Mark’s Portrait of Jesus and the World in which He Lived Part 2: The Pax Romans and the Peace of Christ
In the 1990s and early 2000s there was a vast amount of writing done by New Testament scholars that was taking into account the world of the Roman empire and its impact on both Jesus and the gospel writers. Prior to this time it was no secret that the Roman empire was a part of the context of the gospels but nobody seemed to take seriously the implications of the language of the empire or the context of nations who had garrisons of Roman soldiers stationed in them or the reality of conflict between the Jewish people and Rome as a context for the writing of the gospels. Yet, once one begins to look hard at the gospels in this light it is hard to imagine not seeing the impact of Rome upon these communities and the way they viewed the world. The conflict that would emerge between the Pax Romana and the Peace of Christ would come out of two different views of what the world was all about and two different dreams of different kingdoms.
At the time of Jesus and at the time of the writing of the Gospel of Mark the Roman Empire was near the peak of its power and influence. The Roman Empire at its height in 117 CE would stretch from modern day Portugal and Spain, through part of England, France, Italy, Greece, and the Balkans, Turkey, Iraq, Egypt and the Northern Coast of Africa. Its impact is still felt today in many ways, even in language where the Romance (from Rome) languages of Spanish, Portuguese, Italian, French all share common vocabulary and form while the defiant Germanic tribes would not have a unified language until the time of the Reformation. Commerce flowed effectively throughout the empire which built extensive networks of roads and managed commerce in Latin in the Western half of the empire where Greek remained the language of the western half of the empire (hence the New Testament being written in the language of commerce of the people of the western half of the Roman empire rather than Hebrew or Aramaic). The very genre that we refer to these stories as being, gospel, takes their background as the proclamations of the Roman emperor when an area was conquered or a feast or major event was being declared. The Romans believed and executed peace through continued conquest. The heart of the Roman Empire was the legions that were, for their day, an effectively trained fighting force that worked together as units and not as individuals. The individual Roman legionnaire is not equipped well for one on one conflict, but rather the typical soldier’s primary weapon was a lance or spear and not the sword (swords were short and used for defensive measures) and their large shields not only covered the individual soldier but the soldier to their left. Discipline was essential to this type of fighting and the legions relied upon individual soldiers acting as a part of a unit and not as self contained warriors. For the Romans the idea that the U.S. Army used in its advertising a couple years ago, “an army of one” where the individual soldier was able to call upon the resources of the rest of the army as a force multiplier of their capabilities would have been unimaginable. The individual only existed as a part of the unit and only fought as an extension of the person to their right and left.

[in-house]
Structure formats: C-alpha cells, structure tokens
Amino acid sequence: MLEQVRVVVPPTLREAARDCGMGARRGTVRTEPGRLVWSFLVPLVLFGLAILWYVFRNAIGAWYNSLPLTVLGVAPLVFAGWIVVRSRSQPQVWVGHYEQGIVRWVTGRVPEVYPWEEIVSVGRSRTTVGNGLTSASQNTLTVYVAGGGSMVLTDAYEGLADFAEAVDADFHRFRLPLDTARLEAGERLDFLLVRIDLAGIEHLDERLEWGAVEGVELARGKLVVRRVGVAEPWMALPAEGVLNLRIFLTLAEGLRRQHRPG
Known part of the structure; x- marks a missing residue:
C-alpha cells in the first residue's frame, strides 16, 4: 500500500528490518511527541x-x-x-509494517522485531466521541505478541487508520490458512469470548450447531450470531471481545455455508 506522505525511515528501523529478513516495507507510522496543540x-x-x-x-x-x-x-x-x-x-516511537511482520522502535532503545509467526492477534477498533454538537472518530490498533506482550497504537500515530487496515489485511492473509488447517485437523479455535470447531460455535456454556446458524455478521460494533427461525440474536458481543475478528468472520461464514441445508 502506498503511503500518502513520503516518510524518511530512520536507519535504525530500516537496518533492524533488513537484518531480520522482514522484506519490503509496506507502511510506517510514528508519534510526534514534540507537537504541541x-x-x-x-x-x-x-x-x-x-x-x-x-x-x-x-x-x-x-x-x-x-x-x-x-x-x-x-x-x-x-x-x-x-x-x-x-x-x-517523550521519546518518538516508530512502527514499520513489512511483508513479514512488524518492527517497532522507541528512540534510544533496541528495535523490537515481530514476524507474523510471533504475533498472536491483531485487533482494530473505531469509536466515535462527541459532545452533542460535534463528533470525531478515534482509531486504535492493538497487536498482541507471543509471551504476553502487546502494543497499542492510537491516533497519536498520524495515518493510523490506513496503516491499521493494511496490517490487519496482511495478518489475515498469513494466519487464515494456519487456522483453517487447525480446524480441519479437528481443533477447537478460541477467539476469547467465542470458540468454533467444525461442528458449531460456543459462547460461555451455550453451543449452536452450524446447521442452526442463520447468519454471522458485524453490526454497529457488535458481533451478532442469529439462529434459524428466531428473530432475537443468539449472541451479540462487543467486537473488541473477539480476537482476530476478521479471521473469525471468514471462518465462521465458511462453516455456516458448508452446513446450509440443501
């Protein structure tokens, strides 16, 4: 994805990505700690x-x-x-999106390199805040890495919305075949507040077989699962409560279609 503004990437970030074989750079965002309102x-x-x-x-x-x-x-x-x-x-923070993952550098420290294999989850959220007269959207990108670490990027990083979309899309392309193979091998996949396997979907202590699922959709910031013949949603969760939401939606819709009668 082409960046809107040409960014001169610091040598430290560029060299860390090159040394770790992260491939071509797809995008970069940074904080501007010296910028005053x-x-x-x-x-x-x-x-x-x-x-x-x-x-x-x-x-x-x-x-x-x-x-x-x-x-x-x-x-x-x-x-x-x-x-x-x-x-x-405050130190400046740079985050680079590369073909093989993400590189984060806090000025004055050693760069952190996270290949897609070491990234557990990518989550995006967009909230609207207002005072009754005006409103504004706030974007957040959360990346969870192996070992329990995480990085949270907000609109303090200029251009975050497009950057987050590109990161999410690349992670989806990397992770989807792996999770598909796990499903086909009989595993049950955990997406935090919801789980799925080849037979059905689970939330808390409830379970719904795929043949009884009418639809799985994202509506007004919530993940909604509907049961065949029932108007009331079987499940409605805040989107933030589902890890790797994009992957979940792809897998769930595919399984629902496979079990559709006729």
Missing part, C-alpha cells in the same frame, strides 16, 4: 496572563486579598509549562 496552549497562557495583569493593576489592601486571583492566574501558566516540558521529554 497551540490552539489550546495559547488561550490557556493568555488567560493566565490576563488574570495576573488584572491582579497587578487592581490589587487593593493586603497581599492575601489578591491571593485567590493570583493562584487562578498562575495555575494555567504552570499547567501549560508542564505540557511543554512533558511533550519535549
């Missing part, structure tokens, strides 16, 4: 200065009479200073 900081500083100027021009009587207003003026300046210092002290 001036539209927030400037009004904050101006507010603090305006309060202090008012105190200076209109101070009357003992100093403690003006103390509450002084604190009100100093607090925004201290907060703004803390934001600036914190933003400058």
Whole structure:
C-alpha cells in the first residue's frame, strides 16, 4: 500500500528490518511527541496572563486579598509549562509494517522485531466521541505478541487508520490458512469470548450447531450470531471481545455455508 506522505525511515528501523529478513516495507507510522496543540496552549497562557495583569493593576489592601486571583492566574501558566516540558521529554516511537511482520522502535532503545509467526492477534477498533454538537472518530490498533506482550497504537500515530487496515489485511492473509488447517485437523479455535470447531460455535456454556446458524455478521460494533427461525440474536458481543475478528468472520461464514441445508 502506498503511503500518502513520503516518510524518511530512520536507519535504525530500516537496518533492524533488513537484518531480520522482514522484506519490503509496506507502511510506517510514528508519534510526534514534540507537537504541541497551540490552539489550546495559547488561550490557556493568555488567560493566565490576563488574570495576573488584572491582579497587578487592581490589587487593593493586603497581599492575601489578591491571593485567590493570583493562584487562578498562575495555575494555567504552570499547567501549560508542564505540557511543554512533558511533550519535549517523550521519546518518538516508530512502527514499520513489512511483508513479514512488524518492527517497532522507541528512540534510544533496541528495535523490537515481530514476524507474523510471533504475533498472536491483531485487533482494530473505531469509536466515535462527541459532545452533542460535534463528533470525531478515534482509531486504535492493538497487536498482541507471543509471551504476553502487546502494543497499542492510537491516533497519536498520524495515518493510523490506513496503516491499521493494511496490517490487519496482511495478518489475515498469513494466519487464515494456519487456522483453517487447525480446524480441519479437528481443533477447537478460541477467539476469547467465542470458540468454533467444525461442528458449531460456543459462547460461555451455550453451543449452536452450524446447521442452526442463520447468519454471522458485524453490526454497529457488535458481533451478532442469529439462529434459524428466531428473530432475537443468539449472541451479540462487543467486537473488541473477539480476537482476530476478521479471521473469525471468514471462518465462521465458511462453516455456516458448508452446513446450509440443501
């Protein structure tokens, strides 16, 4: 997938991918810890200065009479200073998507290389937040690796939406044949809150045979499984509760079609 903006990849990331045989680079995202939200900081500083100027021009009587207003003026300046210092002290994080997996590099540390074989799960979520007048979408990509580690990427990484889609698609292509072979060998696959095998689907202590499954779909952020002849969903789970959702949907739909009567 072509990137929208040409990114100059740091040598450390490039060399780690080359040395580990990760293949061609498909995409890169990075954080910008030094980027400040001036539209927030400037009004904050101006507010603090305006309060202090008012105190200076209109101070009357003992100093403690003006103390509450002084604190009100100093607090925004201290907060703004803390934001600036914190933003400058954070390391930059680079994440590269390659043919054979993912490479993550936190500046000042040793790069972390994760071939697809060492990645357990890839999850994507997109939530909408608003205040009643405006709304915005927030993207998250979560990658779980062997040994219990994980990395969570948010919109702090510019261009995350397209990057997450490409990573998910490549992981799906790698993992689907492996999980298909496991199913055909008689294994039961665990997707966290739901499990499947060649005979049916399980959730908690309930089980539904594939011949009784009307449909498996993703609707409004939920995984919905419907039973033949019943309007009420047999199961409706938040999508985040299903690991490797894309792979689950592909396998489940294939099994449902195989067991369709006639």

The time of Jesus was the time of Rome becoming the empire. Most people learned a little bit of Roman history in English class where they had to learn William Shakespeare’s ‘Julius Caesar’ where Julius comes and takes over the empire with his army and then is appointed Emperor and shortly executed. After Julius Caesar the empire erupts into a civil war between Mark Anthony and Cleopatra in the south and Octavian, the son of Julius Caesar in the north. Octavian is victorious, Mark Anthony and Cleopatra vanquished, the empire is united and Octavian attains the title, Caesar Augustus son of the divine Julius. Throughout the empire this is the time of the Pax Romana, the peace of Rome that is attained by the legions and other allied forces of Rome continuing to push the boundaries of the empire outward. Unlike modern warfare in America where we can talk about the economic cost of forces involved in conflicts in Afghanistan or Iraq, which run into the billions of dollars, in the ancient world war was a profitable enterprise. Armies were financed by the spoils of war and by the addition of agricultural property (since most wealth was agriculturally or extraction (mining) related). In addition to providing revenue, the legions also served as one of the primary builders of roads throughout the empire and through their building and protection they enabled trade and taxation to flourish. Even though many of the individual Roman emperors may not have been successful the empire flourished in spite of their exuberance or sometimes madness. Whether it was Nero at the time of the execution of St. Paul and St. Peter and his suspected burning of much of Rome and using Christians as a convenient scapegoat or whether it was the year of four emperors, where Vespasian has to leave his command of the legions in the Jewish war to bring stability back to Rome and become Emperor the wheels of the empire continued to function.